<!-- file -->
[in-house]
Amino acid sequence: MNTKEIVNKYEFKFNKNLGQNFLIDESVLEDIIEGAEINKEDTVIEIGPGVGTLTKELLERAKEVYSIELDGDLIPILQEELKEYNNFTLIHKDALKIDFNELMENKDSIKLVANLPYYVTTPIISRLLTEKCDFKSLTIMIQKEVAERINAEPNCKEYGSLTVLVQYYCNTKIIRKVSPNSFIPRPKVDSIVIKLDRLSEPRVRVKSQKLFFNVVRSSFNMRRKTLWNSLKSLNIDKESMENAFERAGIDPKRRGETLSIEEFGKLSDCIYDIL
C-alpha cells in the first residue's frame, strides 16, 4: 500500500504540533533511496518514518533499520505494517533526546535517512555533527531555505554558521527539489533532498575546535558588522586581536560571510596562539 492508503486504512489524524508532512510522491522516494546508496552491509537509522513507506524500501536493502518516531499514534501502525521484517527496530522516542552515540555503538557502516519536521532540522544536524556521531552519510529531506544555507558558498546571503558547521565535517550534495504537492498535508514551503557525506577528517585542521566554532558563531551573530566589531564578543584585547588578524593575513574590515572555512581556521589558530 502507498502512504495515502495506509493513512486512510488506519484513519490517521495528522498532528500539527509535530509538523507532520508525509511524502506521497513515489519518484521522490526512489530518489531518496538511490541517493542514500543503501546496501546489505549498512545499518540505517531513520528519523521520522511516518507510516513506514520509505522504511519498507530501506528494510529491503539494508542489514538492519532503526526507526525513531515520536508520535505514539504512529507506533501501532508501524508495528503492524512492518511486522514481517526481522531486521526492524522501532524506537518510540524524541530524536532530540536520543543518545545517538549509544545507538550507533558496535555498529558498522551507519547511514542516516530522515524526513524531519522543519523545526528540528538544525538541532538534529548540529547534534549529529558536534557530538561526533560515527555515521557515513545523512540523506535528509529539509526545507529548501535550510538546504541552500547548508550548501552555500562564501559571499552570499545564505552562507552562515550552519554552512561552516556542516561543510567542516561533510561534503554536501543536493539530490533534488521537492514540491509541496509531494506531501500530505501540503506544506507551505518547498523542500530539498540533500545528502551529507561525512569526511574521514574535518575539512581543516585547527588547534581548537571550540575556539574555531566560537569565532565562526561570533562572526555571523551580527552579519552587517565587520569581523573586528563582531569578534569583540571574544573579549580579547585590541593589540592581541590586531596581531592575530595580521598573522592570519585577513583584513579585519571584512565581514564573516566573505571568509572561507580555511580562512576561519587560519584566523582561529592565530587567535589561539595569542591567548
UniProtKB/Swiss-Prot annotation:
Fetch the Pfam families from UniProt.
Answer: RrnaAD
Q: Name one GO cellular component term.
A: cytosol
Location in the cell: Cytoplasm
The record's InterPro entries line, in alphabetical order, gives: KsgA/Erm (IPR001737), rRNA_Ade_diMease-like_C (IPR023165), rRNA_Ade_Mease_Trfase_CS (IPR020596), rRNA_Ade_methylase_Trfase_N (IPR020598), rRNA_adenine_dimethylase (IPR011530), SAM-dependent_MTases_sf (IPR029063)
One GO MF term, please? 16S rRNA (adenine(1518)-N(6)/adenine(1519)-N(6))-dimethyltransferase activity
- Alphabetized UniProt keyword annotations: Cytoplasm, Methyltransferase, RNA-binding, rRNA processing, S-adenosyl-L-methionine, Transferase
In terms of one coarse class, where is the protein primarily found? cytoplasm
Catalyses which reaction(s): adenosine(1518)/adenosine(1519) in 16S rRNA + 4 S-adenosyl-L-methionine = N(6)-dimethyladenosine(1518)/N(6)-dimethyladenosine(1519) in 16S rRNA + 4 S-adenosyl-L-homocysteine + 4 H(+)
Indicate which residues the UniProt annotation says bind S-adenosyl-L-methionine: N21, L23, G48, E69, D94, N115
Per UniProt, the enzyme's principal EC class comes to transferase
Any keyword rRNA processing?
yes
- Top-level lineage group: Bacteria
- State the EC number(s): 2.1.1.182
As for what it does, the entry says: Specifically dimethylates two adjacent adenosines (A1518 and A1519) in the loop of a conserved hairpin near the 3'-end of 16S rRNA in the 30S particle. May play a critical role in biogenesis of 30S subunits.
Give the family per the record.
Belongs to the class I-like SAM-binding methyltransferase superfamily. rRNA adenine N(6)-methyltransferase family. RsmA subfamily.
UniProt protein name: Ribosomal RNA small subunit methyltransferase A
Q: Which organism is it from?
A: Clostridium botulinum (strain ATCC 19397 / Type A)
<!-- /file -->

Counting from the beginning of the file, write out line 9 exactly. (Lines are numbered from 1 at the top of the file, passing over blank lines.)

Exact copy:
Location in the cell: Cytoplasm